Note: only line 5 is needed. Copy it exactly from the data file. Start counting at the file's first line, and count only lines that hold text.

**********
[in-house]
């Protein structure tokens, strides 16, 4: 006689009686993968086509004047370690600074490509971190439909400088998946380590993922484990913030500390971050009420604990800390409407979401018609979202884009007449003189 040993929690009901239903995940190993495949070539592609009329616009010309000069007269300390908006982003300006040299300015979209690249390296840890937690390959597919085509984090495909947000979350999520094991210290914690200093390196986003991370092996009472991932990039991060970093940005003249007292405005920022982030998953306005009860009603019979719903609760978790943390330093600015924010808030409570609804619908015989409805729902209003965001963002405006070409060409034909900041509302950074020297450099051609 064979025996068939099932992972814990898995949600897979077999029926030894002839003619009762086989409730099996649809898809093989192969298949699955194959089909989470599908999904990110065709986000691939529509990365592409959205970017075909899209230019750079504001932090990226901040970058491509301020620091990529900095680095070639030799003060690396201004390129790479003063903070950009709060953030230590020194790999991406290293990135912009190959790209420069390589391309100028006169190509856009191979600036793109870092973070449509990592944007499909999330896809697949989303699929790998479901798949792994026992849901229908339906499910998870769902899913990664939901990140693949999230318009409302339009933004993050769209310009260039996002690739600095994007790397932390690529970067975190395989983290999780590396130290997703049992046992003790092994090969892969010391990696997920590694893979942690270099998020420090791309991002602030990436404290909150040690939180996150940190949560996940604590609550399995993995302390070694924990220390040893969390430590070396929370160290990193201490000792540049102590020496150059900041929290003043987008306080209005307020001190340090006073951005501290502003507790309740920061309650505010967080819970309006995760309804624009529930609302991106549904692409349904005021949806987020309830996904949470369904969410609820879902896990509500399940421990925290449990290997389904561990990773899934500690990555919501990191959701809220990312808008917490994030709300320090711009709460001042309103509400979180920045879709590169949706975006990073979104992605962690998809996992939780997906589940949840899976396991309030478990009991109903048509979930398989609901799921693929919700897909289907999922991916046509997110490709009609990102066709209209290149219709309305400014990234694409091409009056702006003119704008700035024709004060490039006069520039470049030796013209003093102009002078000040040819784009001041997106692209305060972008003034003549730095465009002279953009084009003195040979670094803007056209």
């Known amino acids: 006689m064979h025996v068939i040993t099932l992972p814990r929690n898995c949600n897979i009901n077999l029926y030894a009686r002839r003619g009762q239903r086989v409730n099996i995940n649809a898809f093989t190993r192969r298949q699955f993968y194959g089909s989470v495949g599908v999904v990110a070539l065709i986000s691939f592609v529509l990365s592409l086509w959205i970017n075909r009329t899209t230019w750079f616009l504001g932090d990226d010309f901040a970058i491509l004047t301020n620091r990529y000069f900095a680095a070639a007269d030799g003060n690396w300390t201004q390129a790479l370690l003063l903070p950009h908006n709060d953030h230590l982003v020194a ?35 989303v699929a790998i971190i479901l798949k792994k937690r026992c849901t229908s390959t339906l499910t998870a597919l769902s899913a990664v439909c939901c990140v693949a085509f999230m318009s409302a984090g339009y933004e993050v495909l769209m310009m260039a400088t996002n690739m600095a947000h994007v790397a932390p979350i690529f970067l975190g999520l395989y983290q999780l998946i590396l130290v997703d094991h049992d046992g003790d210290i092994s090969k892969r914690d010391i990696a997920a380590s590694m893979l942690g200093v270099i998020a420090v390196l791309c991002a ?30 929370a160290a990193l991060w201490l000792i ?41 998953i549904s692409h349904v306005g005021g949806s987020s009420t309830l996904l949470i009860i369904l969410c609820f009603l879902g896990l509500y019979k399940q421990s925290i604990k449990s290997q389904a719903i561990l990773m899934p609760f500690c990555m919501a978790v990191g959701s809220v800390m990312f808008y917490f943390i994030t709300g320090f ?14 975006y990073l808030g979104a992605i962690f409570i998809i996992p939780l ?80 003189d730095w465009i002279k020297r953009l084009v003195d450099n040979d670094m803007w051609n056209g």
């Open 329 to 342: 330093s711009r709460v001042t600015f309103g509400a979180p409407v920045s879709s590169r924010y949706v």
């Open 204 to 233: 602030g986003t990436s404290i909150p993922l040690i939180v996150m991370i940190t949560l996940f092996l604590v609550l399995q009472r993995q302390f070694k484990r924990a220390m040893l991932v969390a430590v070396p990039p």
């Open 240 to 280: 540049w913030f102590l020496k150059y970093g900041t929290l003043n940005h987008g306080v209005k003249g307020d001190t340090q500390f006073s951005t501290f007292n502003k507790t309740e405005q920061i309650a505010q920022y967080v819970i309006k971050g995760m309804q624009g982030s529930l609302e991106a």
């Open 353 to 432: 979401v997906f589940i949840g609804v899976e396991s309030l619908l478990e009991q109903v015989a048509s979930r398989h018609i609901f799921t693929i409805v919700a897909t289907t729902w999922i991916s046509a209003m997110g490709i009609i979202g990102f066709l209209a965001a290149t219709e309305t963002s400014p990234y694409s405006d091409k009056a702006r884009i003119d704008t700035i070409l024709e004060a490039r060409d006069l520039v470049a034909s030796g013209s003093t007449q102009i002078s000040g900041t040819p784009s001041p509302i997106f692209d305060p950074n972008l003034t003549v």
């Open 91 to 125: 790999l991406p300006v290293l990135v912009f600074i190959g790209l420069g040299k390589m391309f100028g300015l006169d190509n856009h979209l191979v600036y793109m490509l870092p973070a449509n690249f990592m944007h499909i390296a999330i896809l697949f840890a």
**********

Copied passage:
């Open 204 to 233: 602030g986003t990436s404290i909150p993922l040690i939180v996150m991370i940190t949560l996940f092996l604590v609550l399995q009472r993995q302390f070694k484990r924990a220390m040893l991932v969390a430590v070396p990039p």